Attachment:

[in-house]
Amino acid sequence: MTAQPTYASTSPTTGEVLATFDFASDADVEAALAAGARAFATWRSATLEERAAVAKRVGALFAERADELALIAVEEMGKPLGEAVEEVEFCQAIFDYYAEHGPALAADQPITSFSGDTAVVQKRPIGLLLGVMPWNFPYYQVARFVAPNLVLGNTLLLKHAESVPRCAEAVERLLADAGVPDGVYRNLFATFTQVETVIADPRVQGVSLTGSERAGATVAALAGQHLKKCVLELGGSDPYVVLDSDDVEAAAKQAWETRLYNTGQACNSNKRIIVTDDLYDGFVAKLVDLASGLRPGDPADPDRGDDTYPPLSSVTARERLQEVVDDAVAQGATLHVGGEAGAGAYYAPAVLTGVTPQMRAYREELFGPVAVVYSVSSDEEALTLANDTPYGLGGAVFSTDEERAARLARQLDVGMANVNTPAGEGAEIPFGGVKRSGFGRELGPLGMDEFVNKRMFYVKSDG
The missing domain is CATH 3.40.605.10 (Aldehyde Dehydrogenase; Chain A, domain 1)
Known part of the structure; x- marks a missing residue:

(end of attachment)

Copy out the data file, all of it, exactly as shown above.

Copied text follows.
[in-house]
Amino acid sequence: MTAQPTYASTSPTTGEVLATFDFASDADVEAALAAGARAFATWRSATLEERAAVAKRVGALFAERADELALIAVEEMGKPLGEAVEEVEFCQAIFDYYAEHGPALAADQPITSFSGDTAVVQKRPIGLLLGVMPWNFPYYQVARFVAPNLVLGNTLLLKHAESVPRCAEAVERLLADAGVPDGVYRNLFATFTQVETVIADPRVQGVSLTGSERAGATVAALAGQHLKKCVLELGGSDPYVVLDSDDVEAAAKQAWETRLYNTGQACNSNKRIIVTDDLYDGFVAKLVDLASGLRPGDPADPDRGDDTYPPLSSVTARERLQEVVDDAVAQGATLHVGGEAGAGAYYAPAVLTGVTPQMRAYREELFGPVAVVYSVSSDEEALTLANDTPYGLGGAVFSTDEERAARLARQLDVGMANVNTPAGEGAEIPFGGVKRSGFGRELGPLGMDEFVNKRMFYVKSDG
The missing domain is CATH 3.40.605.10 (Aldehyde Dehydrogenase; Chain A, domain 1)
Known part of the structure; x- marks a missing residue: